“I really personally do not believe that anyone should have done any school in the last year. I think it’s a ridiculous task. It’s incredulous, it’s hilarious, it’s sad,” Haddock said.

They said that the decisions that students had to make about their education during the past year, particularly the choice to take online classes, have the potential to create unexpected issues in the coming year. “The unknown does not end with this year. There will still be paths that people will be navigating for the first time ever after I commence and so I just hope that those people will be tended to.”

Second-year students were the other group invited back to campus this term under the College’s limited residency model. After their spring semester as first-year students on campus was cut in half, second-year students who chose to return to Grinnell for Spring Term 2 are experiencing spring in Grinnell for the first time.

“I love being back on campus so much,” said Zoe Robinson `23. “The community at Grinnell – I just missed it so much.”

As a biology major, Zoe Robinson ’23 has found her lab classes much easier to manage since returning to campus for S2. Photo contributed by Zoe Robinson.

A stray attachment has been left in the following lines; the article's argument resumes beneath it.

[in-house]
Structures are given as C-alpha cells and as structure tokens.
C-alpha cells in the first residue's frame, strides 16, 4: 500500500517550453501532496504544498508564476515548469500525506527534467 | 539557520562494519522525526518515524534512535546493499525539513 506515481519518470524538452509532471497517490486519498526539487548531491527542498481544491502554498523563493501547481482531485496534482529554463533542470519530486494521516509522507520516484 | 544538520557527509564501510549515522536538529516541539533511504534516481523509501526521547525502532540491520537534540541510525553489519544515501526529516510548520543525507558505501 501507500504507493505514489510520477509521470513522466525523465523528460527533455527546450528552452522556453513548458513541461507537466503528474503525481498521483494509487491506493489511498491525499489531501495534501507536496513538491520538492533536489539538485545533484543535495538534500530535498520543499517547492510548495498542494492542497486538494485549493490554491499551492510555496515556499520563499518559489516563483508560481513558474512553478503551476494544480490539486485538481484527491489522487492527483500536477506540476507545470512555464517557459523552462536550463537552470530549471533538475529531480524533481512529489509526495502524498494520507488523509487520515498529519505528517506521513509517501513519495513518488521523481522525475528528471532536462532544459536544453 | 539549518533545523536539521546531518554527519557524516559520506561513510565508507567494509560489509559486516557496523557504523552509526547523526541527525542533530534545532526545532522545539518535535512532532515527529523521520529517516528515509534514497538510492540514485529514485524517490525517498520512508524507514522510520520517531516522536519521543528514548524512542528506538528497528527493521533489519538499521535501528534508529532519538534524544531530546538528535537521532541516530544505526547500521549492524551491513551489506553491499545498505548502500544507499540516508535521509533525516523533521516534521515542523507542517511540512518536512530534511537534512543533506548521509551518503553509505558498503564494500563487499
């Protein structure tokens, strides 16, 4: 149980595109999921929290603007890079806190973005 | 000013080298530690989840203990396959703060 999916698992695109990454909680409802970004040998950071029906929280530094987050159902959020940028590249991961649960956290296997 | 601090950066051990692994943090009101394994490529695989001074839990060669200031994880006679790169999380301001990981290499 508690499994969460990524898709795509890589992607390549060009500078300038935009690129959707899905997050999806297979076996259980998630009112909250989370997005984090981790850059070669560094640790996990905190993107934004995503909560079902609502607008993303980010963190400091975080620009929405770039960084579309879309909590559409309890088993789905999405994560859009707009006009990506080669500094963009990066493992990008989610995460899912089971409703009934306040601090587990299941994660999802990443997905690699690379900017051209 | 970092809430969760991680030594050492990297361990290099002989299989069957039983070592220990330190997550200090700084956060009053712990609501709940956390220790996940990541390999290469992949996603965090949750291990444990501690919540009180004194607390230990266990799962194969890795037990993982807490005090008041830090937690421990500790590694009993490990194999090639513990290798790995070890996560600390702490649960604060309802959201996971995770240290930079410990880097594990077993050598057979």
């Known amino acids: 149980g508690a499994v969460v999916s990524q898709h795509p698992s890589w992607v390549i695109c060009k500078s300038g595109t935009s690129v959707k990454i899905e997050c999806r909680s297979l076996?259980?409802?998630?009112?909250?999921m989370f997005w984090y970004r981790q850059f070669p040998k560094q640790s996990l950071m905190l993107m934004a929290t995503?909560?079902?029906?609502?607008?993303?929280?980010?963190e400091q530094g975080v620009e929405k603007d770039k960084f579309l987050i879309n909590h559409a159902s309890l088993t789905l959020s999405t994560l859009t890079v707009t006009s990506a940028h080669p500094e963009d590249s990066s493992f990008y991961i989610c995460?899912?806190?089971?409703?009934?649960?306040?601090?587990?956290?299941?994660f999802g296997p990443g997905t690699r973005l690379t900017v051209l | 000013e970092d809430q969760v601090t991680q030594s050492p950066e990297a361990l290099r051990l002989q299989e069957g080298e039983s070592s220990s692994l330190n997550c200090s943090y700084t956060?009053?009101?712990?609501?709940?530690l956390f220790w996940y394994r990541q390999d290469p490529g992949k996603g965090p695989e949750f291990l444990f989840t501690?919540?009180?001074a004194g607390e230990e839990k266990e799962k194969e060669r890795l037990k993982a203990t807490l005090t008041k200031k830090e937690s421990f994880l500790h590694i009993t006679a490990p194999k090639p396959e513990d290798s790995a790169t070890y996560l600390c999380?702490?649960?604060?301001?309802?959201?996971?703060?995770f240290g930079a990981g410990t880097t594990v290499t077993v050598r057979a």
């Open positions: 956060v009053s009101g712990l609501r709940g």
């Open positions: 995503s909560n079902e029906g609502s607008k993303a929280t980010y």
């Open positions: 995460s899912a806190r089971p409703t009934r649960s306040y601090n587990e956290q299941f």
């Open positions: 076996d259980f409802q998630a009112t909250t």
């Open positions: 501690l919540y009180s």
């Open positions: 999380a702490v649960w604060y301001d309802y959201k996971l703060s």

After living with her family in Nashville, Tennessee during Fall Terms 1 and 2 and then in an apartment in Newton for Spring Term 1, Robinson finds it slightly easier to take rigorous STEM classes online as a biology major while on campus as she is able to connect and study with classmates.

While Robinson is happy to be back on campus with her fellow classmates and friends, she said she feels the College could have communicated better and worked with students more in regard to what students they would invite back to campus and at what time.

“I just didn’t think the College handled it the best way they could because I remember in the fall I had no idea what was happening,” Robinson said.

Maeve Gifford `23, who also flew to Grinnell from her home in New Hampshire where she has lived these past couple months, has been enjoying the feeling of being physically back on campus.